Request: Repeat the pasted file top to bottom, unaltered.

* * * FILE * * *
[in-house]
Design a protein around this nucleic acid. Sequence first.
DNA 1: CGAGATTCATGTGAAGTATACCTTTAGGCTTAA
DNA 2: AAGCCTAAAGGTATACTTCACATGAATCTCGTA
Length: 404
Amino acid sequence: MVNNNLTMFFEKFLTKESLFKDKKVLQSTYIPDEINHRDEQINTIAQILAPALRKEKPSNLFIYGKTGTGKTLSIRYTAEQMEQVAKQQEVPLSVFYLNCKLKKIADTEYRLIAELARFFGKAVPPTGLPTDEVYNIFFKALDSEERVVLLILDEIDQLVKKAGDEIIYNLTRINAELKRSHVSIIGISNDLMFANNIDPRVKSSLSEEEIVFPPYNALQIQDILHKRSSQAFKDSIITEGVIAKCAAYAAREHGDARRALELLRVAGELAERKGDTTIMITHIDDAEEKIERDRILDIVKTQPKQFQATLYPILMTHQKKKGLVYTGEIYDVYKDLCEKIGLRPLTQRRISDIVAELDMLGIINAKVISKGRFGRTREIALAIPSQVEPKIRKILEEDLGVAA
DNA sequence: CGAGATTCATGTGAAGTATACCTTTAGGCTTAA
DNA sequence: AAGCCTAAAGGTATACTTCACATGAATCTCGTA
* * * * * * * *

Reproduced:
[in-house]
Design a protein around this nucleic acid. Sequence first.
DNA 1: CGAGATTCATGTGAAGTATACCTTTAGGCTTAA
DNA 2: AAGCCTAAAGGTATACTTCACATGAATCTCGTA
Length: 404
Amino acid sequence: MVNNNLTMFFEKFLTKESLFKDKKVLQSTYIPDEINHRDEQINTIAQILAPALRKEKPSNLFIYGKTGTGKTLSIRYTAEQMEQVAKQQEVPLSVFYLNCKLKKIADTEYRLIAELARFFGKAVPPTGLPTDEVYNIFFKALDSEERVVLLILDEIDQLVKKAGDEIIYNLTRINAELKRSHVSIIGISNDLMFANNIDPRVKSSLSEEEIVFPPYNALQIQDILHKRSSQAFKDSIITEGVIAKCAAYAAREHGDARRALELLRVAGELAERKGDTTIMITHIDDAEEKIERDRILDIVKTQPKQFQATLYPILMTHQKKKGLVYTGEIYDVYKDLCEKIGLRPLTQRRISDIVAELDMLGIINAKVISKGRFGRTREIALAIPSQVEPKIRKILEEDLGVAA
DNA sequence: CGAGATTCATGTGAAGTATACCTTTAGGCTTAA
DNA sequence: AAGCCTAAAGGTATACTTCACATGAATCTCGTA